In 2015, per-capita health care spending grew by 5.0 percent and overall health spending grew by 5.8 percent, according to a study by the Office of the Actuary at the Centers for Medicare & Medicaid Services (CMS) published today as a Web First by Health Affairs. Those annual rates continue to be below the rates of most years prior to passage of the Affordable Care Act. And, even as millions of people gained coverage, per-enrollee spending growth in private health insurance and Medicare continue to be well below the average in the decade before passage of the Affordable Care Act.
The report concludes that 2015 expenditure growth was primarily the result of increased use and intensity of services as millions gained health coverage, as well as continued significant growth in spending for retail prescription drugs. Spending on prescription drugs increased 9.0 percent in 2015, lower than the 12.4 percent growth in 2014, yet significantly higher compared to 2.3 percent growth in 2013. On a per-enrollee basis, overall spending increased by 4.5 percent for private health insurance, 1.7 percent for Medicare, and 3.8 percent for Medicaid.
“Our significant progress in reducing the nation’s uninsured rate, while providing strong protections for Americans if they get sick, would not be possible without the Affordable Care Act,” said CMS Acting Administrator Andy Slavitt. “As millions more Americans have obtained health insurance, per-person cost growth remains at historically modest levels.”
The report noted that over a two-year period, 20.0 million individuals either gained private health insurance coverage or enrolled in the Medicaid program, primarily as the result of the Affordable Care Act. The share of the population with health coverage increased from 86.0 percent in 2013 to 90.9 percent in 2015.
Health care spending grew 2.1 percentage points faster than the overall economy in 2015, resulting in a 0.4 percentage-point increase in the health spending share of gross domestic product (GDP) – from 17.4 percent in 2014 to 17.8 percent in 2015. In the decade prior to the passage of the Affordable Care Act (2000-2009), health care spending increased 2.8 percentage points faster than GDP, on an annual average basis.
Additional highlights from the report:
- Total per-enrollee private health insurance spending increased by 4.5 percent in 2015, compared to average growth in per-enrollee spending of 7.4 percent during 2000-2009. Overall, private health insurance expenditures (33 percent of total health care spending) reached $1.1 trillion in 2015, and increased 7.2 percent in 2015. The faster rate of growth reflected increased enrollment in private health insurance associated with coverage expansions under the Affordable Care Act, and a notable increase in the enrollment in employer-sponsored plans.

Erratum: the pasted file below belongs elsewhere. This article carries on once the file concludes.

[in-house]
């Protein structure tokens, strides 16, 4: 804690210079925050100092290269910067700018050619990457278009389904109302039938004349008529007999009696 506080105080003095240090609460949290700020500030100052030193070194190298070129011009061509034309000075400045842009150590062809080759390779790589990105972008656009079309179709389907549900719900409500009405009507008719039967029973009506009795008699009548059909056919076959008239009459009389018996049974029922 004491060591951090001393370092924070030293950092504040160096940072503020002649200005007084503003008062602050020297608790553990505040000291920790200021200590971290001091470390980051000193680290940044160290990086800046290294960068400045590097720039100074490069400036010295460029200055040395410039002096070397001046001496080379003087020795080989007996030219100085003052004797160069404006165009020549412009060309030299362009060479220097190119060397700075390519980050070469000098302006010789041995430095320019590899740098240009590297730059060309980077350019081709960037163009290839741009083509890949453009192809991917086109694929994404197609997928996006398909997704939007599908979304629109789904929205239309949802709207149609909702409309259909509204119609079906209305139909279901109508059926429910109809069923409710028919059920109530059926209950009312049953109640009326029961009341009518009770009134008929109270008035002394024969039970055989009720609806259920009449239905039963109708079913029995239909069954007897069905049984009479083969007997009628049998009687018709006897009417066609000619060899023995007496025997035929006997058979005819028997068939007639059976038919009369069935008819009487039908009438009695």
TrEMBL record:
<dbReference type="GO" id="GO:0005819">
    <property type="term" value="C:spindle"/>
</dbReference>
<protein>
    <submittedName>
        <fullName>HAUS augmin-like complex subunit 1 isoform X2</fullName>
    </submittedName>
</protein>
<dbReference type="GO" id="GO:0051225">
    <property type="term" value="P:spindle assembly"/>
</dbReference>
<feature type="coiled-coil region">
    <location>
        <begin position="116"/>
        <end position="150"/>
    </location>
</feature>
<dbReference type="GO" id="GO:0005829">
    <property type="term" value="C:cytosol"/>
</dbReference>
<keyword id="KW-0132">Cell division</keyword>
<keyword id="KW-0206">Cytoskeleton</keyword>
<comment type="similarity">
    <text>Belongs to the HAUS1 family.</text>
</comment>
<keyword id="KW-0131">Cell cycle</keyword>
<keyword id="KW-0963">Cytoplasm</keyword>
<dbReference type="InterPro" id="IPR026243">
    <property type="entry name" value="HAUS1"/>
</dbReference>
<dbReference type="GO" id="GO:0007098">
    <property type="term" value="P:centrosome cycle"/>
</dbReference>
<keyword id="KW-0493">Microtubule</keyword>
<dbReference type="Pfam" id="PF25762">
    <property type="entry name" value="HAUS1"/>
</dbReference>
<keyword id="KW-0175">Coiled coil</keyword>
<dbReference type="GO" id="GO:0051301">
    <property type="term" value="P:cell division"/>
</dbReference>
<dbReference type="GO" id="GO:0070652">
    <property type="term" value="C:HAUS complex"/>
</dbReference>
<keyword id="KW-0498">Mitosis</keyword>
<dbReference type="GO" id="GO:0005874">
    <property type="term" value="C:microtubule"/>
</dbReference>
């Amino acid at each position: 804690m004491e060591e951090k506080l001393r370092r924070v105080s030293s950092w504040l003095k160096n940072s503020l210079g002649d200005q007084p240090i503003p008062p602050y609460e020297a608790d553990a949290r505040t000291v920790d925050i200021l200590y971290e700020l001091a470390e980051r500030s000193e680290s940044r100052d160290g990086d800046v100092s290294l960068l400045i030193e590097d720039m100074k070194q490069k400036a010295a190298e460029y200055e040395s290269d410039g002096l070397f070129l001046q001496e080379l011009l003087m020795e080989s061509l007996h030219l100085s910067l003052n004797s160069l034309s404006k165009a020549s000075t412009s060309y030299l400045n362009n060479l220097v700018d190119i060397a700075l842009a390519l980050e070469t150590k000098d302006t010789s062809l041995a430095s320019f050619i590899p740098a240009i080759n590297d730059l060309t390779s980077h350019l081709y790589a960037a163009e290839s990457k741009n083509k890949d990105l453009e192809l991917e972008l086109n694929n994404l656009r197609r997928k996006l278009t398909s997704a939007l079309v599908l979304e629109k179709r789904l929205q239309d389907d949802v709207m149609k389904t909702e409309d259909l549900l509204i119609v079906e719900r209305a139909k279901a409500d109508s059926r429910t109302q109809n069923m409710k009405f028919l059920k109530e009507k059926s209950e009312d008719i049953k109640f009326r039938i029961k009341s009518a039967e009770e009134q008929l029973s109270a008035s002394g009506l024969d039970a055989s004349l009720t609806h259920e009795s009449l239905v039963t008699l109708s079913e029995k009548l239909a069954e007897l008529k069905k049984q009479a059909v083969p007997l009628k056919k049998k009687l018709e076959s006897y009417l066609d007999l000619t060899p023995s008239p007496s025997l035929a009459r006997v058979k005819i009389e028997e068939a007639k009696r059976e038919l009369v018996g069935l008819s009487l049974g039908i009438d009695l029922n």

- Per-enrollee Medicare spending increased by 1.7 percent, about the same rate as in 2014 and below the average annual growth in per-enrollee spending during 2000-2009 of 7.0 percent (or 5.8 percent when Medicare Part D, which was implemented in 2006, is excluded). Medicare spending, which represented 20 percent of national total health care spending in 2015, grew 4.5 percent to $646.2 billion, slightly slower than the 4.8 percent growth in 2014 even as the leading edge of the baby boom generation joined Medicare. The 2015 rate of growth reflected mixed trends among services compared to 2014 as Medicare hospital spending growth slowed and nursing home and home health care spending grew faster. Medicare prescription drug spending continued to grow by double digits with an 11.0 percent increase in 2015 following a 14.5 increase in 2014.
- Overall Medicaid spending and enrollment grew at a slower rate in 2015 than in 2014 with per-enrollee Medicaid spending increasing 3.8 percent. Medicaid spending, which totaled $545.1 billion, accounted for 17 percent of total spending on health care. Similarly, growth in Medicaid enrollment slowed to 5.7 percent in 2015, significantly lower than the 2014 increase of 11.1 percent.
- Out-of-pocket spending ($338.1 billion), which includes direct consumer payments such as copayments, deductibles, and spending not covered by insurance, excluding premiums, grew 2.6 percent in 2015, compared to average annual growth in out-of-pocket spending during 2000 and 2009 of 4.6 percent. From 2008 through 2015, average annual growth of out-of-pocket spending was 1.9 percent, lower than the average annual growth in overall health spending of 4.3 percent during that same time period. As a result, the share of out-of-pocket spending of total health expenditures fell from 13 percent in 2007 to 11 percent in 2015.
- Retail prescription drug spending continued to outpace overall health expenditure growth in 2015, increasing 9.0 percent to $324.6 billion after rising 12.4 percent in 2014. Growth in prescription drug spending was faster than that of any other service in 2015. Recent rapid growth was due to increased spending for new medicines (particularly for specialty drugs such as those used to treat hepatitis C), price growth in existing brand-name drugs, increased spending on generics, and a decrease in the number of expensive blockbuster drugs whose patents expired.
- In 2015, the federal government and households accounted for the largest shares of spending (29 percent and 28 percent respectively), followed by private businesses (20 percent), and state and local governments (17 percent).
The CMS Office of the Actuary’s report will appear on the CMS website at: https://www.cms.gov/Research-Statistics-Data-and-Systems/Statistics-Trends-and-Reports/NationalHealthExpendData/NationalHealthAccountsHistorical.html.
An article about the study is also being published by Health Affairs as a Web First (http://content.healthaffairs.org/lookup/doi/10.1377/hlthaff.2016.1330) and will also appear in the journal’s January issue.